Stories of the ship and the era of clipper ships have been published by authors John Crosse, Ursula Jupp, Malcolm Armstrong and Basil Lubbock, among others. Some of their books include ship-portraits of Thermopylae in harbour and at sea, and more images are online.

The club in early days

The club’s first Master was Capt. Alexander McDonald. Author and historian Major F.V. Longstaff, a retired British Army officer, also played an important part in forming the club. As on a seagoing ship, club members were required to sign on as shipmates and were entered in Ships Articles. The minutes of meetings were recorded and the yarns spun were written into the club’s log, which makes the logbooks in the club’s archives good reading.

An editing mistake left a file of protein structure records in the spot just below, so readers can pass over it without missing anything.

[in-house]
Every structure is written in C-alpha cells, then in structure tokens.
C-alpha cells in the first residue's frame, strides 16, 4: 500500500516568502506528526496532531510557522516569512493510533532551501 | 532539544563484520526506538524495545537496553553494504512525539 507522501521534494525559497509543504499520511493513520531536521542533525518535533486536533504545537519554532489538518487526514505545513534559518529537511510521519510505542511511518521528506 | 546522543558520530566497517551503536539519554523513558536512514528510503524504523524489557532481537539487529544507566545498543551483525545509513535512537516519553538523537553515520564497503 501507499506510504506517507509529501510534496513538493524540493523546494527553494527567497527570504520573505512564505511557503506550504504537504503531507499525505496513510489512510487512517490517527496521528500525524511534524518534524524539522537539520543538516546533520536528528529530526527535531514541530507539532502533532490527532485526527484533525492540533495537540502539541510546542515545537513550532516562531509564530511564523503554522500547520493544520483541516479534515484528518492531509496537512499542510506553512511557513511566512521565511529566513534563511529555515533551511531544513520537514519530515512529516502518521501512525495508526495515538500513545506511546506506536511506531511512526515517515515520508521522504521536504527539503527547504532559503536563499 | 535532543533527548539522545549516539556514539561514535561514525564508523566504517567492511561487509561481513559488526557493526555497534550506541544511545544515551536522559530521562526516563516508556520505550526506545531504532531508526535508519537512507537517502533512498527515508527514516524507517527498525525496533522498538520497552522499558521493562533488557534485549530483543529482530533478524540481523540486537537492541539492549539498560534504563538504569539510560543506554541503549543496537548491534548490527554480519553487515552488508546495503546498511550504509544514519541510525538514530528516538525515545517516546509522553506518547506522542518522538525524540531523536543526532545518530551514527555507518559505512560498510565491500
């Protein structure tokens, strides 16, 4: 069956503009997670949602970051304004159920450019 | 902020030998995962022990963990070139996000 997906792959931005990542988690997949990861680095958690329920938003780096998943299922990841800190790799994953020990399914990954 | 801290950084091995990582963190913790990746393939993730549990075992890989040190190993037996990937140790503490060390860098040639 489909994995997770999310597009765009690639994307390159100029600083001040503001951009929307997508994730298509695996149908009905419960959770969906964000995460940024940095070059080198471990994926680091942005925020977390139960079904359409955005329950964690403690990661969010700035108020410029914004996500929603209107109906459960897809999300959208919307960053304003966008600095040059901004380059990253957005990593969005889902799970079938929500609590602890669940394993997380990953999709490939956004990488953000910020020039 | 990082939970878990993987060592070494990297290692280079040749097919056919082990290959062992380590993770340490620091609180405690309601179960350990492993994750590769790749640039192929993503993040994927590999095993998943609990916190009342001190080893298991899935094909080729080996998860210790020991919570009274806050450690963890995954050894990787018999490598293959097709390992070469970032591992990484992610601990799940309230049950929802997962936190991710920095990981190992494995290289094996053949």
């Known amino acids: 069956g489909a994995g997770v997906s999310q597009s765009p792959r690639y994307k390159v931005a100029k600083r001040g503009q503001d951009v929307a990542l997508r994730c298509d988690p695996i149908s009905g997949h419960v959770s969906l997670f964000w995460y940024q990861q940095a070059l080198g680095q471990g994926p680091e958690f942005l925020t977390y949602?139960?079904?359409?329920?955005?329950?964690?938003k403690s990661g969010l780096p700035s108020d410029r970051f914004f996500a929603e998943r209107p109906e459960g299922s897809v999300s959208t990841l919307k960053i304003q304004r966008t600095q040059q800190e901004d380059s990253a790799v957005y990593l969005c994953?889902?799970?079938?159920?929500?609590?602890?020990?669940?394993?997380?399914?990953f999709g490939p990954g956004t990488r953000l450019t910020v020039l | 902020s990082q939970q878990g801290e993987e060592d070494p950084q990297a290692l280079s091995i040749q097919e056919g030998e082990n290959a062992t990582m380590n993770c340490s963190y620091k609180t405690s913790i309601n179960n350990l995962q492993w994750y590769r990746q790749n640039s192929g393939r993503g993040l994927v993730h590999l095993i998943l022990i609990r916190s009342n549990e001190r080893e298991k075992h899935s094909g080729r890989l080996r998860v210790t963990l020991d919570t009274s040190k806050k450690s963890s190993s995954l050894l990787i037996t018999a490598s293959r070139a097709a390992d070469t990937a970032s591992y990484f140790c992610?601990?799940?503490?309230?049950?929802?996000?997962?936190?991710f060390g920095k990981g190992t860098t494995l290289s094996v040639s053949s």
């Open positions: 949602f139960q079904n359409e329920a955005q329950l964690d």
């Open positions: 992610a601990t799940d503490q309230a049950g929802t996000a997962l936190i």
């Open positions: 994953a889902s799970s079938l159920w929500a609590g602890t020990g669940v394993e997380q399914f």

One of the early pursers was something of an artist and his minutes are embellished with thumbnail sketches beautifully executed.

A 1954 logbook entry announced that women would from then on be admitted to membership, have equal membership privileges with male members and be eligible for election to any office in the club.

Club members met at various locations and held an annual banquet at which traditional sea menus were served. This dinner is still held on the second Wednesday of every April and maintains the comfortable camaraderie and many of the traditions of the club’s early days.